Following that, once you’ve identified which plugin is causing the problem, consider replacing it with a similar one that doesn’t slow down your site as much or trying an alternative solution.
3. Leverage Browser Caching
Browser caching is a feature available in most web browsers (like Google Chrome and Firefox) that stores resources your site needs on the device to speed up page loading, especially when visitors request them for the first time.
For example, every time someone visits your site, they’ll download all of the images, scripts, and stylesheets you use to display it. Then, for subsequent page views, your browser will use the cached version of these files instead of downloading them again, making for a much faster viewing experience.
To take advantage of this feature, you should enable browser caching on your server by adding a header to your site’s configuration file (usually located in the .htaccess file). There are many plugins that can help you do this as well if your website is a WordPress one.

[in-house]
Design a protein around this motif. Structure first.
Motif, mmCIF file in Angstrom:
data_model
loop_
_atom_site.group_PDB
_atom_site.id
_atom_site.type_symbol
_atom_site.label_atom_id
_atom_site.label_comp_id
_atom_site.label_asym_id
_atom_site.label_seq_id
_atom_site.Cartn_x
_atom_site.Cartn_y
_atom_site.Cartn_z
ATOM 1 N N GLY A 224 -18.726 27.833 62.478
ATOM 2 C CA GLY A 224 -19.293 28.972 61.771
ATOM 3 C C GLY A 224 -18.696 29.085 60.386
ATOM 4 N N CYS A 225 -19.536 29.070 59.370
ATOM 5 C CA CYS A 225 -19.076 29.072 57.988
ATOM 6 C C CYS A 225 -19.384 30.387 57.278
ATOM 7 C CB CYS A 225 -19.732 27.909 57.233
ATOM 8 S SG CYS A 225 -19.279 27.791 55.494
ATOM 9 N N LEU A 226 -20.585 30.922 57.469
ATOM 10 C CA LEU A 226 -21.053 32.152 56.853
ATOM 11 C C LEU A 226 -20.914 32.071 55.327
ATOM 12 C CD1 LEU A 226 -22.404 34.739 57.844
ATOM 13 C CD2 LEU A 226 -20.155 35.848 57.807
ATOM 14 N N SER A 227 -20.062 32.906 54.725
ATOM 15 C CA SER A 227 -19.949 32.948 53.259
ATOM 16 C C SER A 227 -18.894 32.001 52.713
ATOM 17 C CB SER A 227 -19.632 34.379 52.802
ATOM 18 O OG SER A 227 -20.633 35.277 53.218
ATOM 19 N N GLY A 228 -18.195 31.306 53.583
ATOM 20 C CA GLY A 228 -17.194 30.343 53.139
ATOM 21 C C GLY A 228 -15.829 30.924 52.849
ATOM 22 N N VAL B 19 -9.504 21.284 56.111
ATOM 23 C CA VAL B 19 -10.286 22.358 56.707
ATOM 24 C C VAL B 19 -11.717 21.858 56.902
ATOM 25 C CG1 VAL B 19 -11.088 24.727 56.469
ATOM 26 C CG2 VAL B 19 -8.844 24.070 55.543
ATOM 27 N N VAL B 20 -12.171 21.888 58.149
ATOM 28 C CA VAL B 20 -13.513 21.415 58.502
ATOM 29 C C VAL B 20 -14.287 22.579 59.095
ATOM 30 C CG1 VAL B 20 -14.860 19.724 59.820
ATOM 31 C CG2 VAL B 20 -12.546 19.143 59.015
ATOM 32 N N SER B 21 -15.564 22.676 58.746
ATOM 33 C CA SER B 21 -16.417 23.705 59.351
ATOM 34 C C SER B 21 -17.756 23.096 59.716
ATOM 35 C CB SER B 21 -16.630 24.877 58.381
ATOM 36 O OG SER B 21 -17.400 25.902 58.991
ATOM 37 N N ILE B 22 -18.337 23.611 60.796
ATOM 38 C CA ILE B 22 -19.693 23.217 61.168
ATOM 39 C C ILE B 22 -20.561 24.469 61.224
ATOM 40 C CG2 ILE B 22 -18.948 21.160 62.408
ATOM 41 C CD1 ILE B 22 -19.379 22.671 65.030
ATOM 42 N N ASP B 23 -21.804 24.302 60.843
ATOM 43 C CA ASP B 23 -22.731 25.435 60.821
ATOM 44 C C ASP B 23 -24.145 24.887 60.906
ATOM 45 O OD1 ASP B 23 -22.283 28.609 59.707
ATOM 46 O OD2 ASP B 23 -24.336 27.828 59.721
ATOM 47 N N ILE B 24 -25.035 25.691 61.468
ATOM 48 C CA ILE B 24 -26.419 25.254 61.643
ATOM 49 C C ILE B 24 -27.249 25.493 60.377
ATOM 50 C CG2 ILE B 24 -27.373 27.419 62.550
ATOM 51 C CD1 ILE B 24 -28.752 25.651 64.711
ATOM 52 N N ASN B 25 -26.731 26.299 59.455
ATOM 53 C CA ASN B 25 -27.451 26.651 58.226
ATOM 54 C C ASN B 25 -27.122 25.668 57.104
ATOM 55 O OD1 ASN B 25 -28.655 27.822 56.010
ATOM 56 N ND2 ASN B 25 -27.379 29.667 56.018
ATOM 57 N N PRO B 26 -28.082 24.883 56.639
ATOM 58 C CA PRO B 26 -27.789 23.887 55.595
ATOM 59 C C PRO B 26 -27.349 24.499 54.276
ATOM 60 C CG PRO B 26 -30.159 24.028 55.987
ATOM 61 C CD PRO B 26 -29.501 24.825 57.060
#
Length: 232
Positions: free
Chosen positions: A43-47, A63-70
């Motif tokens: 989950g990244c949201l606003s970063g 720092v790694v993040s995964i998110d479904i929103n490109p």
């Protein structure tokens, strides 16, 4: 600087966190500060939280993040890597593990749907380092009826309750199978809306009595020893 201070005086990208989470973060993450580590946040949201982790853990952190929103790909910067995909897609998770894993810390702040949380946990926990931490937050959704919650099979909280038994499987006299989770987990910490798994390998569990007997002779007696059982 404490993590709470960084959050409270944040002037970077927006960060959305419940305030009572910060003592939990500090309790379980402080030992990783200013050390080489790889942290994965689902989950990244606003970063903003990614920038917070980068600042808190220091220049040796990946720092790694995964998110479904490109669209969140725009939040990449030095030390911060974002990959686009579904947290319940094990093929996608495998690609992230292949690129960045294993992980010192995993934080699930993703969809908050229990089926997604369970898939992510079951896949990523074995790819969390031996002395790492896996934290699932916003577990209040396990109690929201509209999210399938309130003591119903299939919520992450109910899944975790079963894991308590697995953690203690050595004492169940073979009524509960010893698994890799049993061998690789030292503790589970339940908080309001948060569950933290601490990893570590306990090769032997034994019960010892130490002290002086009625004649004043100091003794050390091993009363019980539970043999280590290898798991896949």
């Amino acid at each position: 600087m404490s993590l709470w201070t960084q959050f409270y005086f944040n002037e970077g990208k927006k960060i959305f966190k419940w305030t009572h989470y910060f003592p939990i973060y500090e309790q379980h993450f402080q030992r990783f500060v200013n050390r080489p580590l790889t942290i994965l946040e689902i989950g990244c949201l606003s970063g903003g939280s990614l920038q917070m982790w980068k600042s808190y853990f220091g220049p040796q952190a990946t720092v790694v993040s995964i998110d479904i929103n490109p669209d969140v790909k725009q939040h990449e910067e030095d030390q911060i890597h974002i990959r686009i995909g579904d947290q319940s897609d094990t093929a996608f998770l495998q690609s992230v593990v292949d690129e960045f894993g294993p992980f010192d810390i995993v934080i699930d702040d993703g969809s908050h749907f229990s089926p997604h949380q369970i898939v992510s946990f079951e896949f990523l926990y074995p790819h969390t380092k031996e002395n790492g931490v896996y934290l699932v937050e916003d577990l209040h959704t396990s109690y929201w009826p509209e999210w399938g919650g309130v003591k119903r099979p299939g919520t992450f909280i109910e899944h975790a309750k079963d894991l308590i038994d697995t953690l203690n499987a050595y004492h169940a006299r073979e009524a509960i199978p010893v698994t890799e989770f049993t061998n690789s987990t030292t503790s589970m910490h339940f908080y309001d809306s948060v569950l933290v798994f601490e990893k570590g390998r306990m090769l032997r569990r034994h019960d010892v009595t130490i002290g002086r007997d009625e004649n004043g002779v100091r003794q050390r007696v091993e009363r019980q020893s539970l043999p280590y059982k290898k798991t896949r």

4. Allow Page Caching
Page caching is another technique similar to browser caching that stores page content in memory for faster retrieval by search engine crawlers, users with bookmarks, and visitors who return to your site.
Mainly, caching web pages significantly reduces Time to First Byte (TTFB) because the cached version is served to all users instead of being regenerated each time. This means that your server will have to do less work and use fewer resources when serving your pages, which results in faster page speed for everyone!
To enable page caching, you can contact your web host and ask them to enable the feature (most web hosts will provide this for you when you upgrade to a high-end plan).